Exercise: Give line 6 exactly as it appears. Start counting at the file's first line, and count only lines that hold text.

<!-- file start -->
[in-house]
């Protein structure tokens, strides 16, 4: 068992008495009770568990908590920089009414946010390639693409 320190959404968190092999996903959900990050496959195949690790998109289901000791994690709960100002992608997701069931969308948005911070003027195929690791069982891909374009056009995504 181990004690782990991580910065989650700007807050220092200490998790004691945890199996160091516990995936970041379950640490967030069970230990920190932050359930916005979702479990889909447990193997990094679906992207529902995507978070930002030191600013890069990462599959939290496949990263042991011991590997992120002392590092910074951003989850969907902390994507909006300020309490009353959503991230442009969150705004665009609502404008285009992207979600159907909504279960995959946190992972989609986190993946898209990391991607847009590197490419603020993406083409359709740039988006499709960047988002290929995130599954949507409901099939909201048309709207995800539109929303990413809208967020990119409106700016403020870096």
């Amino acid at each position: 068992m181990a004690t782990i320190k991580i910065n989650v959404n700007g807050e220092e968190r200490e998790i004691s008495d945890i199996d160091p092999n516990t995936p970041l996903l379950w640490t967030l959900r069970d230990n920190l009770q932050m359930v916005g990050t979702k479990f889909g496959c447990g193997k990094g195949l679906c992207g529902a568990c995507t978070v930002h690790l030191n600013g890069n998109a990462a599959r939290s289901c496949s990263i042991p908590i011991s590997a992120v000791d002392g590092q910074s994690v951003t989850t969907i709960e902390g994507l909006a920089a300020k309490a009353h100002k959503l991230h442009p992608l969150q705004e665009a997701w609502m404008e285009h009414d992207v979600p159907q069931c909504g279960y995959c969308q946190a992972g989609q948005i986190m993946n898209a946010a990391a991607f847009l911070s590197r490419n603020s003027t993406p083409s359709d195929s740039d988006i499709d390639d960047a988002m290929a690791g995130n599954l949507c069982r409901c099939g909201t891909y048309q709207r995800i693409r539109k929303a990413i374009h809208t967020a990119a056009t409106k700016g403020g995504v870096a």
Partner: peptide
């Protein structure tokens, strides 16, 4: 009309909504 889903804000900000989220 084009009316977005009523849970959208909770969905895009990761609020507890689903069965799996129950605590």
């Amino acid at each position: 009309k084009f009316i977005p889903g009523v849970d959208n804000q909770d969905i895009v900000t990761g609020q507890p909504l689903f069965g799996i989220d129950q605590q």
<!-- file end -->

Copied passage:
């Amino acid at each position: 009309k084009f009316i977005p889903g009523v849970d959208n804000q909770d969905i895009v900000t990761g609020q507890p909504l689903f069965g799996i989220d129950q605590q």